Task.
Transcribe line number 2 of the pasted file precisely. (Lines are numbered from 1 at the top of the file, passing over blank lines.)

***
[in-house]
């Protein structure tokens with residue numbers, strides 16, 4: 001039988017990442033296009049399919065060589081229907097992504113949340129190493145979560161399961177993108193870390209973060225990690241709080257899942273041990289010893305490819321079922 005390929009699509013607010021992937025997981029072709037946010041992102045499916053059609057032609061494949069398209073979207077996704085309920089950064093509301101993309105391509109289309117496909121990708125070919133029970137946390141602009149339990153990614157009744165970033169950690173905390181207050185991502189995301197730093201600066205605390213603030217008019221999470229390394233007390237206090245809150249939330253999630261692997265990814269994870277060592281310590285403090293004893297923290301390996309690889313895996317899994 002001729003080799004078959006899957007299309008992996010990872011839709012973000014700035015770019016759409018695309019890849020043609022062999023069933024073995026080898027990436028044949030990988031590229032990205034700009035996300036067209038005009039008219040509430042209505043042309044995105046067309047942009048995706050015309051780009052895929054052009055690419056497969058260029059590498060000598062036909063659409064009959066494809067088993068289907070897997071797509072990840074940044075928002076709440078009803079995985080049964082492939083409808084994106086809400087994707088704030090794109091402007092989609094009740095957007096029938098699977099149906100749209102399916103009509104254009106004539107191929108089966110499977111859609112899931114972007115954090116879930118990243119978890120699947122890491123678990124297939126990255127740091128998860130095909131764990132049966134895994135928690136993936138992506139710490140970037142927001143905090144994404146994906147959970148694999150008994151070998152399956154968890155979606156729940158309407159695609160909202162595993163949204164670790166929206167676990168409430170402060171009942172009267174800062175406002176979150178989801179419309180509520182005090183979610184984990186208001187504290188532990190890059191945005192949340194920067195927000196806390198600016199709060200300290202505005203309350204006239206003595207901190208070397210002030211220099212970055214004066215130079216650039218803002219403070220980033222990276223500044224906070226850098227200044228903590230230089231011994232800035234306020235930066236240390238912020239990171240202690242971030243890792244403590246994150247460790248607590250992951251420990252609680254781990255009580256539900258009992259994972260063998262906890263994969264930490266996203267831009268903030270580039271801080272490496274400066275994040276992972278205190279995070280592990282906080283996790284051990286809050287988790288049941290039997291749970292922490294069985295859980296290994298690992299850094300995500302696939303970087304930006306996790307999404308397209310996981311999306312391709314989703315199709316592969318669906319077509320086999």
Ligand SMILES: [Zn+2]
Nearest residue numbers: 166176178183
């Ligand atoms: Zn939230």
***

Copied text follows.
């Protein structure tokens with residue numbers, strides 16, 4: 001039988017990442033296009049399919065060589081229907097992504113949340129190493145979560161399961177993108193870390209973060225990690241709080257899942273041990289010893305490819321079922 005390929009699509013607010021992937025997981029072709037946010041992102045499916053059609057032609061494949069398209073979207077996704085309920089950064093509301101993309105391509109289309117496909121990708125070919133029970137946390141602009149339990153990614157009744165970033169950690173905390181207050185991502189995301197730093201600066205605390213603030217008019221999470229390394233007390237206090245809150249939330253999630261692997265990814269994870277060592281310590285403090293004893297923290301390996309690889313895996317899994 002001729003080799004078959006899957007299309008992996010990872011839709012973000014700035015770019016759409018695309019890849020043609022062999023069933024073995026080898027990436028044949030990988031590229032990205034700009035996300036067209038005009039008219040509430042209505043042309044995105046067309047942009048995706050015309051780009052895929054052009055690419056497969058260029059590498060000598062036909063659409064009959066494809067088993068289907070897997071797509072990840074940044075928002076709440078009803079995985080049964082492939083409808084994106086809400087994707088704030090794109091402007092989609094009740095957007096029938098699977099149906100749209102399916103009509104254009106004539107191929108089966110499977111859609112899931114972007115954090116879930118990243119978890120699947122890491123678990124297939126990255127740091128998860130095909131764990132049966134895994135928690136993936138992506139710490140970037142927001143905090144994404146994906147959970148694999150008994151070998152399956154968890155979606156729940158309407159695609160909202162595993163949204164670790166929206167676990168409430170402060171009942172009267174800062175406002176979150178989801179419309180509520182005090183979610184984990186208001187504290188532990190890059191945005192949340194920067195927000196806390198600016199709060200300290202505005203309350204006239206003595207901190208070397210002030211220099212970055214004066215130079216650039218803002219403070220980033222990276223500044224906070226850098227200044228903590230230089231011994232800035234306020235930066236240390238912020239990171240202690242971030243890792244403590246994150247460790248607590250992951251420990252609680254781990255009580256539900258009992259994972260063998262906890263994969264930490266996203267831009268903030270580039271801080272490496274400066275994040276992972278205190279995070280592990282906080283996790284051990286809050287988790288049941290039997291749970292922490294069985295859980296290994298690992299850094300995500302696939303970087304930006306996790307999404308397209310996981311999306312391709314989703315199709316592969318669906319077509320086999």